point of view of service. The credibility of Church teaching in this area, in
fact, "comes more immediately from the witness of action than from its internal
consistency or logic" (No. 551).
The commitment by the laity in the social area can be seen, the text continues, as a service to the human person. This service starts with an interior conversion of our hearts, and, in turn, this conversion leads to concern for the welfare of others.
The Compendium then goes on to outline a number of priority areas for action.
Service to the human person, by affirming the inviolability of human life, from conception to natural death. Human dignity also requires freedom of conscience and religious freedom, as well as the defense of marriage and the family.
Service in the area of culture, broadly intended. The Compendium notes the problems with a consumeristic lifestyle and the emphasis placed on superficial appearances. We need to recover the genuine sense of human growth, and develop our capacity to communicate and relate with others.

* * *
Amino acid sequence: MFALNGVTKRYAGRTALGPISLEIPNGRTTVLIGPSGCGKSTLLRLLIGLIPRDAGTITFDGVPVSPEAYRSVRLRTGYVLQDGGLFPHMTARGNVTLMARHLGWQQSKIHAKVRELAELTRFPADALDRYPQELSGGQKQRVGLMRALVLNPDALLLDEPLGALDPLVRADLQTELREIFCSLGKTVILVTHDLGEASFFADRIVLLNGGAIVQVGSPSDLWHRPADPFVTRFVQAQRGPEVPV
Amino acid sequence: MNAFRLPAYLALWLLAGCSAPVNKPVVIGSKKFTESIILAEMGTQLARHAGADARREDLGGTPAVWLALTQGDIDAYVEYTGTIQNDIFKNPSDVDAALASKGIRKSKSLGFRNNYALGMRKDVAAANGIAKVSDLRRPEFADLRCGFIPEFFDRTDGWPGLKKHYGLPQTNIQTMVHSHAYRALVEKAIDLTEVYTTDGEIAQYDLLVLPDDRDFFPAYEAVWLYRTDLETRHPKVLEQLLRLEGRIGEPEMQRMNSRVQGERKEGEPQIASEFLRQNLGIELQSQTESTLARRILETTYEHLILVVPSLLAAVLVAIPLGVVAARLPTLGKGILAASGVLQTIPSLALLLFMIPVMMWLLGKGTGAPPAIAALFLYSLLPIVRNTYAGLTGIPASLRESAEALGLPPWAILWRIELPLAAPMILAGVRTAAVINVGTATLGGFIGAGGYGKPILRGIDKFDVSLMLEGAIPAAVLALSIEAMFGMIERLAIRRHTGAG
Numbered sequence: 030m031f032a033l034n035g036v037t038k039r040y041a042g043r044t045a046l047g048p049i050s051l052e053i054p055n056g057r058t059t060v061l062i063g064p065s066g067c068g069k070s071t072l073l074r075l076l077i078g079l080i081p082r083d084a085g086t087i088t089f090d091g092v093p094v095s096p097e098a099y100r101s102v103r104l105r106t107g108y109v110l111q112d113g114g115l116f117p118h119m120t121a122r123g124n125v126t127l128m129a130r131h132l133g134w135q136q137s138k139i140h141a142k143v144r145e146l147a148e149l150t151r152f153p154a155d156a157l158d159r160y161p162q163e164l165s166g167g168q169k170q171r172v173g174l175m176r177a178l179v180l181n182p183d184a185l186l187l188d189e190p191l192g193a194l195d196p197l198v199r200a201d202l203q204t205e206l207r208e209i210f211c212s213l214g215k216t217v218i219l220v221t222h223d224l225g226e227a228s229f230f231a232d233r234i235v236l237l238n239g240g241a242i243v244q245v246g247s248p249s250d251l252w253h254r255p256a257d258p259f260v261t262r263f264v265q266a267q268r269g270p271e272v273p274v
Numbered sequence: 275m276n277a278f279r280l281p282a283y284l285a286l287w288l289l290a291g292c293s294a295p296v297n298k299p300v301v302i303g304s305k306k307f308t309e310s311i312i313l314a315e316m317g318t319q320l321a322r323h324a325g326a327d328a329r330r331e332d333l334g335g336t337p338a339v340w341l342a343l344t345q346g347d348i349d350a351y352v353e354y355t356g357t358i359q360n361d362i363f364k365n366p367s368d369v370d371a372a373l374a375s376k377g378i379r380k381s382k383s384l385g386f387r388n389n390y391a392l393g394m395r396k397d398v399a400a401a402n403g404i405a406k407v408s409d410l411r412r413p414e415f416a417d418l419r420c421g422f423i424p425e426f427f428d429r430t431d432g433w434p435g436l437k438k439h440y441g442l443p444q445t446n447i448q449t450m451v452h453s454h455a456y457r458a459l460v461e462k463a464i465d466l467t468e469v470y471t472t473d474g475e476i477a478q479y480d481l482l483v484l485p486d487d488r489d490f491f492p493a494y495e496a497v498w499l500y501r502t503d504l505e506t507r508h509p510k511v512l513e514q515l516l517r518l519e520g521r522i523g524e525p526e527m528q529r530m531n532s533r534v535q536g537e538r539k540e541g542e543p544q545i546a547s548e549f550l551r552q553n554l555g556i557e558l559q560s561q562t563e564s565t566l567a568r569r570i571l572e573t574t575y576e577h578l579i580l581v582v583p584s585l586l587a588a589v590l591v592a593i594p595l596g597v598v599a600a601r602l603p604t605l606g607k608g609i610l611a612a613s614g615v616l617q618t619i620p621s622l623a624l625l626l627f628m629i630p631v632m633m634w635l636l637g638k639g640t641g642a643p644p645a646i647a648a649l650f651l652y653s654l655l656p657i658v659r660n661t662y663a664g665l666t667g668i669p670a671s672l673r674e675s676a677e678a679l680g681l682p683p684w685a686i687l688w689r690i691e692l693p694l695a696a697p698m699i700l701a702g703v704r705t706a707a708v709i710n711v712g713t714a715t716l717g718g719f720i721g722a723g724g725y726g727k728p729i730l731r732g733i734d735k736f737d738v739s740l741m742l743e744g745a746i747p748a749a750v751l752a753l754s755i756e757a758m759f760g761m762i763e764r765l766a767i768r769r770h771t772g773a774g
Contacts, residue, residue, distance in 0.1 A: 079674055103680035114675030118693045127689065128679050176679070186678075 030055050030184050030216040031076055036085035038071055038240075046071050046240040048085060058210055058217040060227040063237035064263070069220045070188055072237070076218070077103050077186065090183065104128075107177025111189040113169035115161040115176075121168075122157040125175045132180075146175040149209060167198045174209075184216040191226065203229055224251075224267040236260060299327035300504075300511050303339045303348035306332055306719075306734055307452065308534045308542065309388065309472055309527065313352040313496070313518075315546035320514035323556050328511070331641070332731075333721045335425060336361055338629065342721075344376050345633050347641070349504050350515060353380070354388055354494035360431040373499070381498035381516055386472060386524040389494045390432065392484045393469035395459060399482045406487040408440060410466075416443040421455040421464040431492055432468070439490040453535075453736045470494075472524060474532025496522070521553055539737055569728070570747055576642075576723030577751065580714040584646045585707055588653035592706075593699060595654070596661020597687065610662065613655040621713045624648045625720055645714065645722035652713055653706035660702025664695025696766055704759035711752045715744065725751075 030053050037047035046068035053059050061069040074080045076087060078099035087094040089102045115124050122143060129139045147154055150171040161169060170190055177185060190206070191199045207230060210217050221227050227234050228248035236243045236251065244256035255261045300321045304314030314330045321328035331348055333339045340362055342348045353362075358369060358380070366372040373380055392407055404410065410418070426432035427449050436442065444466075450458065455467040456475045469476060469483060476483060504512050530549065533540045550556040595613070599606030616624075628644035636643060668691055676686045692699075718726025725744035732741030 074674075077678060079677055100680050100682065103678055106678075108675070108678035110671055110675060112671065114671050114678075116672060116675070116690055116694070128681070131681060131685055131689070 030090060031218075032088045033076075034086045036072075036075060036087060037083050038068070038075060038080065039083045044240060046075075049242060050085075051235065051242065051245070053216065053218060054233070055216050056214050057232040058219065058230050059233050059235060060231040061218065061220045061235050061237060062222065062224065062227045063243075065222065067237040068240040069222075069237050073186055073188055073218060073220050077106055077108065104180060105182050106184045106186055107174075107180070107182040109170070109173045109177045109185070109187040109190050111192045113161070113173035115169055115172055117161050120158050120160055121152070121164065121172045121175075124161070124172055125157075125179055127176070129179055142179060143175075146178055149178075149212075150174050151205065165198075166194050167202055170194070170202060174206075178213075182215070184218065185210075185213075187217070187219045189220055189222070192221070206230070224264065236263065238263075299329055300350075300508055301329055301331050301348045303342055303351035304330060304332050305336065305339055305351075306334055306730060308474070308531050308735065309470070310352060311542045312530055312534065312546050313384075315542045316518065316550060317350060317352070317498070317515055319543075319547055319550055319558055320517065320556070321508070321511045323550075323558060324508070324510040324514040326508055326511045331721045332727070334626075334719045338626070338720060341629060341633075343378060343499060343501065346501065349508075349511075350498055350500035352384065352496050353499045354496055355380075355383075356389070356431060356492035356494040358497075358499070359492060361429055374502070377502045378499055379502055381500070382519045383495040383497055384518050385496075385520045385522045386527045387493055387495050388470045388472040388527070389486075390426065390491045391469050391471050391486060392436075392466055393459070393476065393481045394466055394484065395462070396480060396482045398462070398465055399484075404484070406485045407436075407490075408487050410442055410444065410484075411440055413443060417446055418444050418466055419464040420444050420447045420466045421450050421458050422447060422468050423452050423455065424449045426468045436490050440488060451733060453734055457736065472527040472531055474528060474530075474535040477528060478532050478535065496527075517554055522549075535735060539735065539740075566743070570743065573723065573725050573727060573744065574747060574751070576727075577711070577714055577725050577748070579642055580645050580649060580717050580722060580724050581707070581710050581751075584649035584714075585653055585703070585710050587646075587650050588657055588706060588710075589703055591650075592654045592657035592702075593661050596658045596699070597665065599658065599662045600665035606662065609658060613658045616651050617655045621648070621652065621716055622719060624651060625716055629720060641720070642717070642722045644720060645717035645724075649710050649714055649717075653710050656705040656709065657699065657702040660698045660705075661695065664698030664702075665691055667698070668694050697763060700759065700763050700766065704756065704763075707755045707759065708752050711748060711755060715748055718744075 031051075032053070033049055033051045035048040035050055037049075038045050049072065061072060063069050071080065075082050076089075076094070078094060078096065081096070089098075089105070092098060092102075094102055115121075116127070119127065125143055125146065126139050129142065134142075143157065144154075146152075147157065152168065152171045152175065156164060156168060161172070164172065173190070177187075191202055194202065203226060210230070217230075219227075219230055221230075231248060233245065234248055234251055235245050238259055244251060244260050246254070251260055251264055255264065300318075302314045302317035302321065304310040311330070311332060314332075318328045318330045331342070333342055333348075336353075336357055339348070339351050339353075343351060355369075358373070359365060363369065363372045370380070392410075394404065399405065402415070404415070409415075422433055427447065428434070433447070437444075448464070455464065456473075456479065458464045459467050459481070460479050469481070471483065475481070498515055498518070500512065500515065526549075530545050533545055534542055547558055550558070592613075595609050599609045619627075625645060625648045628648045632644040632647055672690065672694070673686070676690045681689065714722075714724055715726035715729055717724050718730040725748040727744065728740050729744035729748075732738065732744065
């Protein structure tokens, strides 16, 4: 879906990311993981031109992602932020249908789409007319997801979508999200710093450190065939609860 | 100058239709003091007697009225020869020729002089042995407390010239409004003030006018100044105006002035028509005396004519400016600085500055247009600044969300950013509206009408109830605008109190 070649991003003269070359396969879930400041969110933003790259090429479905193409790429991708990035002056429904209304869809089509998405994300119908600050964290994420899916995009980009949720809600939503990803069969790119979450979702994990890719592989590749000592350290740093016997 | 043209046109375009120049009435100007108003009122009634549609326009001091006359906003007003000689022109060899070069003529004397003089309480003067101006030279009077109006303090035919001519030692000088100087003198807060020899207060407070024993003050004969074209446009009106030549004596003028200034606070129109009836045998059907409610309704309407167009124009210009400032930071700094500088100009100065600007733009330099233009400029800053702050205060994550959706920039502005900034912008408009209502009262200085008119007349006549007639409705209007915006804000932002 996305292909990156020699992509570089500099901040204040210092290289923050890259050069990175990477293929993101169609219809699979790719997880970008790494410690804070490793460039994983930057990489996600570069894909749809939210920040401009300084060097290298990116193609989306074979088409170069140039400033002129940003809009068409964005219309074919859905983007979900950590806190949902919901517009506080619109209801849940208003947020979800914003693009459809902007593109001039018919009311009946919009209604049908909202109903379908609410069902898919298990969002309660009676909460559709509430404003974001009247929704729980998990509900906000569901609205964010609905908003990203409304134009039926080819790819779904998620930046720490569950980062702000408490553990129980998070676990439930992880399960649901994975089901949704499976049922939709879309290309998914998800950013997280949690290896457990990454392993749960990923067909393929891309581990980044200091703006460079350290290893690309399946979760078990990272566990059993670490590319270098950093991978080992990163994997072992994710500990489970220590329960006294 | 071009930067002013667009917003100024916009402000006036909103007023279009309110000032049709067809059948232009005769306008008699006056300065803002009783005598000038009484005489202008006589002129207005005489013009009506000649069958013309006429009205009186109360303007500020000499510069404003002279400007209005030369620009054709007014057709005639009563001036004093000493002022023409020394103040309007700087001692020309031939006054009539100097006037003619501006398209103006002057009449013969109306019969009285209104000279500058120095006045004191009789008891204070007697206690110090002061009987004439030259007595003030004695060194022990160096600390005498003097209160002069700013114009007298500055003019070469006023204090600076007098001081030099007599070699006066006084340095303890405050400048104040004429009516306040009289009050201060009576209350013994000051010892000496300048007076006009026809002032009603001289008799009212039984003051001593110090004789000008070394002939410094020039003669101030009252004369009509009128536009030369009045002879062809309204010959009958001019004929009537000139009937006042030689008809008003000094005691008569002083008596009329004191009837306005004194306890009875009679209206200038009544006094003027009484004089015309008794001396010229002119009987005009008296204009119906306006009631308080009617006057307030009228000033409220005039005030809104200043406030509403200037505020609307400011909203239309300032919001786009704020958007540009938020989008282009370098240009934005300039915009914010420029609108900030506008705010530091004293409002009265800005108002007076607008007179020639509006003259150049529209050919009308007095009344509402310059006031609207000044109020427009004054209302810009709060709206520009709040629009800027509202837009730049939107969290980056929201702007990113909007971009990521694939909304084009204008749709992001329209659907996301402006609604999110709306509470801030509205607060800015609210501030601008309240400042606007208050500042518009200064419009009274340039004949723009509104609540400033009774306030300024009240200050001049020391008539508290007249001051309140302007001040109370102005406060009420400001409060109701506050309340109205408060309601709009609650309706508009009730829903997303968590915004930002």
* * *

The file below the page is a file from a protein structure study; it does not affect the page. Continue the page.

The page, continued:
Encouraging the participation of Catholics in social and political life is another priority. Involvement in public life is necessary in order to present in an efficacious way the proposals stemming from a Catholic vision of social life.
Preserving the ethical dimension of culture is another important task. Culture can become sterile and decadent, or it can be a means to enriching people's lives. Ensuring the latter requires people who are prepared to use their capacities "for self-control, personal sacrifice, solidarity and readiness to promote the common good" (No. 556).
Specifically, within today's culture, the Compendium outlines a number of fields where action is particularly needed: guaranteeing the rights of each person; ensuring a commitment to truth; working to ensure that the religious dimension of culture is respected; and using correctly the mass media.